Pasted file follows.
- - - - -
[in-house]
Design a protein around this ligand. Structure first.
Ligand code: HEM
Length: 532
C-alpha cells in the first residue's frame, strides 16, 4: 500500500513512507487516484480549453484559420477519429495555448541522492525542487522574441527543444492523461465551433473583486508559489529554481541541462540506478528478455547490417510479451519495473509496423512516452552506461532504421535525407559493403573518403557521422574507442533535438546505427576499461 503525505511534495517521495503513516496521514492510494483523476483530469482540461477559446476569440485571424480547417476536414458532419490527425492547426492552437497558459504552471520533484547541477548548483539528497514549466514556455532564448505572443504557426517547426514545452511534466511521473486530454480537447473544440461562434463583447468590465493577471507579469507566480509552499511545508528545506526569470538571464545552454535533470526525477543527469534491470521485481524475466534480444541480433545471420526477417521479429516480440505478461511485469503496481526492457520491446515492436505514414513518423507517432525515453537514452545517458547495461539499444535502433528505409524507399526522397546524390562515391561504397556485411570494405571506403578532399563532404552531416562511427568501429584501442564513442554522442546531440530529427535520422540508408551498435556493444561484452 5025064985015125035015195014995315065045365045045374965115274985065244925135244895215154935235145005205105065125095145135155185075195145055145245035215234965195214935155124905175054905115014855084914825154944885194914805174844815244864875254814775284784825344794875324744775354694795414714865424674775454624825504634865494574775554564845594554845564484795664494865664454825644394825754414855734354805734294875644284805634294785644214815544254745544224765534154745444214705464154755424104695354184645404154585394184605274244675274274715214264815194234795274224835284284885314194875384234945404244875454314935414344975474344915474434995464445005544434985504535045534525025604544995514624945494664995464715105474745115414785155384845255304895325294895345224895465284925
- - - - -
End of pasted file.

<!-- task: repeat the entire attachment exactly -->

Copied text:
[in-house]
Design a protein around this ligand. Structure first.
Ligand code: HEM
Length: 532
C-alpha cells in the first residue's frame, strides 16, 4: 500500500513512507487516484480549453484559420477519429495555448541522492525542487522574441527543444492523461465551433473583486508559489529554481541541462540506478528478455547490417510479451519495473509496423512516452552506461532504421535525407559493403573518403557521422574507442533535438546505427576499461 503525505511534495517521495503513516496521514492510494483523476483530469482540461477559446476569440485571424480547417476536414458532419490527425492547426492552437497558459504552471520533484547541477548548483539528497514549466514556455532564448505572443504557426517547426514545452511534466511521473486530454480537447473544440461562434463583447468590465493577471507579469507566480509552499511545508528545506526569470538571464545552454535533470526525477543527469534491470521485481524475466534480444541480433545471420526477417521479429516480440505478461511485469503496481526492457520491446515492436505514414513518423507517432525515453537514452545517458547495461539499444535502433528505409524507399526522397546524390562515391561504397556485411570494405571506403578532399563532404552531416562511427568501429584501442564513442554522442546531440530529427535520422540508408551498435556493444561484452 5025064985015125035015195014995315065045365045045374965115274985065244925135244895215154935235145005205105065125095145135155185075195145055145245035215234965195214935155124905175054905115014855084914825154944885194914805174844815244864875254814775284784825344794875324744775354694795414714865424674775454624825504634865494574775554564845594554845564484795664494865664454825644394825754414855734354805734294875644284805634294785644214815544254745544224765534154745444214705464154755424104695354184645404154585394184605274244675274274715214264815194234795274224835284284885314194875384234945404244875454314935414344975474344915474434995464445005544434985504535045534525025604544995514624945494664995464715105474745115414785155384845255304895325294895345224895465284925